Another TRO issued in SRHS legal battle

Another TRO issued in SRHS legal battle

JACKSON COUNTY, MS (WLOX) - For the fifth time, a 10 day temporary restraining order was issued Monday preventing officials with Singing River Health System from terminating the financially troubled pension plan.

Chancery Judge Neil Harris granted the motion by a system retiree following a two hour hearing. And just like in the past four cases, attorneys for the health system will ask to have the case moved to federal court.

Before a standing room only crowd, Ralph Drury, 84, testified he worked for Singing River for 32 years, and draws a monthly retirement check of about $2,000. That check is now in jeopardy.

"It's sad to start with, all these people are being hurt," Drury said. "This thing has affected thousands of people and we've got to do something about it, some way, some how."

In addition to the TRO, plaintiff attorneys also filed motions concerning the make-up of the system board of trustees, since questions have been raised about where some of the trustees live, according to Earl Denham.

"We've added in to this particular complaint some additional state issues, and that is whether or not the board is validly constituted, and whether or not it was validly constituted when it voted on this thing," Denham explained.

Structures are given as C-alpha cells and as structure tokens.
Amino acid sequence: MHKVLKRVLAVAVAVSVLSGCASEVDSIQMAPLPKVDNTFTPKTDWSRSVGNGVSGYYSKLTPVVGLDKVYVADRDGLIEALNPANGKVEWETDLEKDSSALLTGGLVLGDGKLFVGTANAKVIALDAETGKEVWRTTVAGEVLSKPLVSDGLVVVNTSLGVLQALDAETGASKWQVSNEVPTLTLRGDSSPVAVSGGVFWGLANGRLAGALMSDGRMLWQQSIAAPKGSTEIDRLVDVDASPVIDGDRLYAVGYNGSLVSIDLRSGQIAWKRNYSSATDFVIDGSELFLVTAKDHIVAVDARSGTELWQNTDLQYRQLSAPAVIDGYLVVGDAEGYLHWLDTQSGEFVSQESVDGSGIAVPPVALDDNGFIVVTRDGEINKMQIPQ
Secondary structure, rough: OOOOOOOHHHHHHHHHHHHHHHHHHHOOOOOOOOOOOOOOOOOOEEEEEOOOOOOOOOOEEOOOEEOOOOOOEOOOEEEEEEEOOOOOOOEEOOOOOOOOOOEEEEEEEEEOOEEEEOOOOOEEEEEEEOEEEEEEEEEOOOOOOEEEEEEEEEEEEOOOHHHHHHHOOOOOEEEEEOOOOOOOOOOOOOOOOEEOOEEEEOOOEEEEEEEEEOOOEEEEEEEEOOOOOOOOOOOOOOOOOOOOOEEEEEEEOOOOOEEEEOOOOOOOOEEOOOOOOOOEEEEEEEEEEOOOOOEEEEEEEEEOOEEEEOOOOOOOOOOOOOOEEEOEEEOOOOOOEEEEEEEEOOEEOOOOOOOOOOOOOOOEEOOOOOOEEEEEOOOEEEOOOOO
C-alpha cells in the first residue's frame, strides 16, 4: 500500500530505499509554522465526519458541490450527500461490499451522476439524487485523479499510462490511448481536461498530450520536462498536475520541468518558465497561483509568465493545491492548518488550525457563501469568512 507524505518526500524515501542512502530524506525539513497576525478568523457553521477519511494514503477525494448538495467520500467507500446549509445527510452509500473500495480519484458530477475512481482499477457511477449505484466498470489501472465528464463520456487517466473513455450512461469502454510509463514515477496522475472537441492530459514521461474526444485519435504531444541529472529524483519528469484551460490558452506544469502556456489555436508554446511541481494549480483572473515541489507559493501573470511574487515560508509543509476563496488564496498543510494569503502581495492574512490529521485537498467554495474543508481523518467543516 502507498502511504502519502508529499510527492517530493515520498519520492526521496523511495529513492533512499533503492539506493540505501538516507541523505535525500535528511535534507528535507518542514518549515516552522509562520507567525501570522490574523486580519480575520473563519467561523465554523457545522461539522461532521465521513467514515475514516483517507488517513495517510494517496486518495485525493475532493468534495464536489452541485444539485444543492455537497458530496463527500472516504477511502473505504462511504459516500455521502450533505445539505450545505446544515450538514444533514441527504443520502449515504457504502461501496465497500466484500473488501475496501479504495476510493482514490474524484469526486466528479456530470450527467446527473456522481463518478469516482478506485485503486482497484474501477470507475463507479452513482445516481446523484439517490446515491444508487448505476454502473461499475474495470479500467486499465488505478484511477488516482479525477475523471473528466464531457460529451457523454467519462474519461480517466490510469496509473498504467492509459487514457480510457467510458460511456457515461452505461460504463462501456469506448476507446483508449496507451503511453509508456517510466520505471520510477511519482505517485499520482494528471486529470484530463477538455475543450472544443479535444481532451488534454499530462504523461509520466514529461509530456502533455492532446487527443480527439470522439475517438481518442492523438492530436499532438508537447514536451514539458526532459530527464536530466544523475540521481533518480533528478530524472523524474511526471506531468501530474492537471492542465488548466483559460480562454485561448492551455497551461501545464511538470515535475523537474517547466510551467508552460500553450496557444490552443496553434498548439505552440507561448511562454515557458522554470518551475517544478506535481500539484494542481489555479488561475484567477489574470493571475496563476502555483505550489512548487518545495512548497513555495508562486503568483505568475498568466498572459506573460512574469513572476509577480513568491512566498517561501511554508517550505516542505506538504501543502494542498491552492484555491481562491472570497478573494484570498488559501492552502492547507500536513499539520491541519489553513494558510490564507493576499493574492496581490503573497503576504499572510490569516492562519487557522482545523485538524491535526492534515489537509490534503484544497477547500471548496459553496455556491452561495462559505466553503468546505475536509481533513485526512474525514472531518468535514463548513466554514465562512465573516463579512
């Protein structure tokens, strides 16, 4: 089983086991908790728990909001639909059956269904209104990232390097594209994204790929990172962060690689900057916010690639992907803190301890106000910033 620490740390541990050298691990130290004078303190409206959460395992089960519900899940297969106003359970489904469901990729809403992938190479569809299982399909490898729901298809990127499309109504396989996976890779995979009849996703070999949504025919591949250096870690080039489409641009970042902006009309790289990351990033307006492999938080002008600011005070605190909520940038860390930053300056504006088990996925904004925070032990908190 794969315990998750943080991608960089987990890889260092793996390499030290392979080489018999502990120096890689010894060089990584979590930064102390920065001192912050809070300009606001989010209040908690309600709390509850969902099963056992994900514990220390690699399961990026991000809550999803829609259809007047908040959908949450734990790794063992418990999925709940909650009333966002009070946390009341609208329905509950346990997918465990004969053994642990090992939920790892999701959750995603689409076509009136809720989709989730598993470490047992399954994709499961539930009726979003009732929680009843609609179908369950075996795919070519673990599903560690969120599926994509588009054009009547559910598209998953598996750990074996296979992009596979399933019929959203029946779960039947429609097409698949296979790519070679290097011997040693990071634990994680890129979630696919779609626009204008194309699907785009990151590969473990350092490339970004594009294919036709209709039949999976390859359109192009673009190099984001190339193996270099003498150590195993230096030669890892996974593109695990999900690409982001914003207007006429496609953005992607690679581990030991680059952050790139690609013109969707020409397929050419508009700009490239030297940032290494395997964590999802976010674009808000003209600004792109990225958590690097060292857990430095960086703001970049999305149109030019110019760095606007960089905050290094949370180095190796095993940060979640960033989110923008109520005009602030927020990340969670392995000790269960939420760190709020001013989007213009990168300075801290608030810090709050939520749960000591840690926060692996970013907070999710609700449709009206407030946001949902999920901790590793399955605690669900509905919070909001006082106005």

Sabrina Smith was a surprise witness. She attended the Jackson County Board of Supervisors meeting, and testified about an agreement between the supervisors and trustees preventing the liquidation of the pension plan for up to 90 days.

"I was wanting to let the judge know that the agreement between the board of trustees and the board of supervisors is not legally binding," Smith said.

Meanwhile, frustration is mounting for the crowd of retirees who show up at every hearing. One of them is Jerry Holtz.

"Well, quite personally, it is frustrating because I don't think that the people at large in Jackson County are being given the right kind of information to make a decision."

Another is Susan Creel, who is set to retire later this year.

"It's made me have to rearrange everything I do, how I'm going to do my retirement, and it's very frustrating. It seems like we're always behind the eight ball," Creel said.

Officials with the health system had no comment Monday evening, referring us to a written statement issued last month, stating that while litigation is underway, they would have nothing more to say.

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